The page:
Man, do I love books. I always have. My love for books started at a young age and has continued on since then. I find that whenever I have a terrible day or I’m incredibly stressed out all I have to do is open a book and I immediately am transported into an alternate world. This week, I was asked to write a post about my experiences as a teen reader and what led me to where I am today. The following stories are reasons why I love books and how they made me into the person I am.
Growing up, I was what could be considered a “goody two-shoes.” In fact, I have been told numerous times by my big brother that I am that exactly. I followed my parents’ rules on almost everything. I always did my chores and ate my vegetables. However, I broke one rule almost every day; I never followed the bedtime rule. Every time I went into my room, my light would stay on for extra hours simply because I couldn’t set my book down. Thirty minutes turned into two hours of reading once I got lost into the world of whatever book I was reading. Although I started doing this at a young age, I still find myself doing this today. Even though I seem to have less free time the older I get, I still enjoy reading and try to find all the time that I can to devote to it.
My entrance into the world of Young Adult Literature was spearheaded by none other than the Harry Potter series. I still remember my feelings of anxiety when I picked up the first book. It was the summer between my fourth and fifth grade school years, and my mom had suggested that I start reading it. Would I like it? Could I understand everything in it? After reading the first chapter, I was immediately hooked. Suddenly, the Muggle world didn’t hold a candle to the world of Hogwarts. The imagery and magical qualities of the books opened my mind to new thoughts and allowed me to live as though I was attending Hogwarts. I read the first six books within two weeks and was hooked. Since then, I’ve re-read the series numerous times, and each time I read it I’m able to go back to the carefree times of that summer. To this day, I am still waiting on my admission letter to Hogwarts.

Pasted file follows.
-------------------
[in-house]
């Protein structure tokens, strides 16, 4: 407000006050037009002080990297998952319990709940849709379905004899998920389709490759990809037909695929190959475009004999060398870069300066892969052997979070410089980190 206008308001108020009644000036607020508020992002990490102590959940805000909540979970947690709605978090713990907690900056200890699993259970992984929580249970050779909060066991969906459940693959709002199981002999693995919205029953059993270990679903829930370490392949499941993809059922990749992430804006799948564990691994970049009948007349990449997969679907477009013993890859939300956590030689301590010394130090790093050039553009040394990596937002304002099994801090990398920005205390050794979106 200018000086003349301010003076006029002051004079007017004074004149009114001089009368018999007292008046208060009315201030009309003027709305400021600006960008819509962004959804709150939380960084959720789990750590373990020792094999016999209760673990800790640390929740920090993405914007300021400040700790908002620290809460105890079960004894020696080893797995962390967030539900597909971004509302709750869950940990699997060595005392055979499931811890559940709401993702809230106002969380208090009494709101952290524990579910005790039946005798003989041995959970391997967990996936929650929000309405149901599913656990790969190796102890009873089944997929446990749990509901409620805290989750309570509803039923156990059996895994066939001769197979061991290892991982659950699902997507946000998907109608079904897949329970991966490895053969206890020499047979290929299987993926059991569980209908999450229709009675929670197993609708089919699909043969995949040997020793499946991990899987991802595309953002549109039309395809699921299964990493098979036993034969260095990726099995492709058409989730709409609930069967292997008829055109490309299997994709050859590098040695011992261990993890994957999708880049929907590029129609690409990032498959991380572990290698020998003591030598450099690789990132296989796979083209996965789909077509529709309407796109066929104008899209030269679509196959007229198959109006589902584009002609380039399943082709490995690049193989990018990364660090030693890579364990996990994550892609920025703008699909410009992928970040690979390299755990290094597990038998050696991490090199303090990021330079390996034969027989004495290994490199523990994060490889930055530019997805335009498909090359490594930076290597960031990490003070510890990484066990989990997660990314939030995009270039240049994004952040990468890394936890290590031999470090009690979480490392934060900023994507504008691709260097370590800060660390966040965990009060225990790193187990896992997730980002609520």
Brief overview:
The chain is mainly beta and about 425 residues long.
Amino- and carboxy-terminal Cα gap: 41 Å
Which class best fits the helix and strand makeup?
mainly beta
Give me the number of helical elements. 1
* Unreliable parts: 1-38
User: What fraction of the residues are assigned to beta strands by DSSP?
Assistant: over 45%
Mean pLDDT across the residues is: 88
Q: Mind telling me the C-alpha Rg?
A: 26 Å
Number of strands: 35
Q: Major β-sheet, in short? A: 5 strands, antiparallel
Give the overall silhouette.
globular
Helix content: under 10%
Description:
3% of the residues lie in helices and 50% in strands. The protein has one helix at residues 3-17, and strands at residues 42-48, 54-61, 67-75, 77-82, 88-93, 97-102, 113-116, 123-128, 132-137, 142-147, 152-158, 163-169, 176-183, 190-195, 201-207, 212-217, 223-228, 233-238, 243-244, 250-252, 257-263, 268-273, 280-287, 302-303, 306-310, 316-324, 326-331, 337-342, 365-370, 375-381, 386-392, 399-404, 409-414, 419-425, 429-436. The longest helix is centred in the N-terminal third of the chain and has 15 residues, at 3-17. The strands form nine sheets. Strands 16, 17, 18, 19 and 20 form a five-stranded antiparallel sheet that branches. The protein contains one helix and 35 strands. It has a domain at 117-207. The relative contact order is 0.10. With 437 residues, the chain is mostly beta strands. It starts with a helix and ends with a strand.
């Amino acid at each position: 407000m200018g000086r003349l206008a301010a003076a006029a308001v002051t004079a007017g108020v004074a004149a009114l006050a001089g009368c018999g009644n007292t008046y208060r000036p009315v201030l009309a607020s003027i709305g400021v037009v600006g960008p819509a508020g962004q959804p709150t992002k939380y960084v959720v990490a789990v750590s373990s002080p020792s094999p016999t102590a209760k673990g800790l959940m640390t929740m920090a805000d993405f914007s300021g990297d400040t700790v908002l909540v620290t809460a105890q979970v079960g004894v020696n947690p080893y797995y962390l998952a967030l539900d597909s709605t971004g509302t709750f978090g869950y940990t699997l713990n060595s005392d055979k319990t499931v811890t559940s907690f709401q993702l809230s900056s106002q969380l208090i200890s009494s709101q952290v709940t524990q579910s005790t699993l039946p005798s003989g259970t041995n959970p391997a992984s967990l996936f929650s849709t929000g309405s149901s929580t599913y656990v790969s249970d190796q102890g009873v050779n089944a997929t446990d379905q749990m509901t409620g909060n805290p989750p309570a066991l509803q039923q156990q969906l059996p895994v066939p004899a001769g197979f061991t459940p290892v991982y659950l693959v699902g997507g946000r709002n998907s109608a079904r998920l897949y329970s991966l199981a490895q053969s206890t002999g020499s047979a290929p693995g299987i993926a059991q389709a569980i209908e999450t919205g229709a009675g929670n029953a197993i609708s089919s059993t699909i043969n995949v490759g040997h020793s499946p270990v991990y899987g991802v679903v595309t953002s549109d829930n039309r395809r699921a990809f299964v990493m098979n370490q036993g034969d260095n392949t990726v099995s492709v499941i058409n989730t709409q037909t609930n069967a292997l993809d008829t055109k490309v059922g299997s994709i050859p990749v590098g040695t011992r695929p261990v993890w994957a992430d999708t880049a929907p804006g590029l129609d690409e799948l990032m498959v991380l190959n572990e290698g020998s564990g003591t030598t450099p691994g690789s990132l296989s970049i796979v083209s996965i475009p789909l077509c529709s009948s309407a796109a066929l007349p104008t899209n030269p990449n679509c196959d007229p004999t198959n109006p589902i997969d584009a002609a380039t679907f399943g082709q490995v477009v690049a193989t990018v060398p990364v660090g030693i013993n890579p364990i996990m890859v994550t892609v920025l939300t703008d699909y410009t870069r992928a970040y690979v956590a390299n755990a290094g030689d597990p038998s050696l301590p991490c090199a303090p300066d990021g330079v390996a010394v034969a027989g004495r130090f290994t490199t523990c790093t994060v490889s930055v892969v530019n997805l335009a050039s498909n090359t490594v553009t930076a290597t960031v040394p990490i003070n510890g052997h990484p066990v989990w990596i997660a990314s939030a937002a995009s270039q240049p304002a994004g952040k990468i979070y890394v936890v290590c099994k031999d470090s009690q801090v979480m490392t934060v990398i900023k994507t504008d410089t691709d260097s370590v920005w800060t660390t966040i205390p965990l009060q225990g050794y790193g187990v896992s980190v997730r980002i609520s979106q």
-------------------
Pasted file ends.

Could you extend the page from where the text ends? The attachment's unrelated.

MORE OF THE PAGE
My class was the one that all of the teachers gossiped about in the teacher’s lounge. We were the ones who talked in class and gave substitutes hard times. However, I was not necessarily included in the “we” portion stated above. When my class started talking after finishing assignments in class, I pulled out my book to read. When I was younger and had to ride to school with my parents, I would immediately go to the library and read while waiting for the bell to ring. While my classmates were more interested in talking or running around the classroom giving teachers a hard time, I was more inclined to sit quietly and read my book. So, I guess if I were asked if I were like my classmates in this respect I would have to say no. We read everything from poetry to the classics, and most of my classmates today will probably still tell you that they hated English in high school. They often despised the literature that we had to read and, in my opinion, this pushed them away from all of the wonderful literature out there. As my friends moved away from their love of literature, my love for reading only intensified. Through my English classes, I was entered into a world of different and new literature. Although classics never stole my heart, I still read them as I continued to read my young adult novels.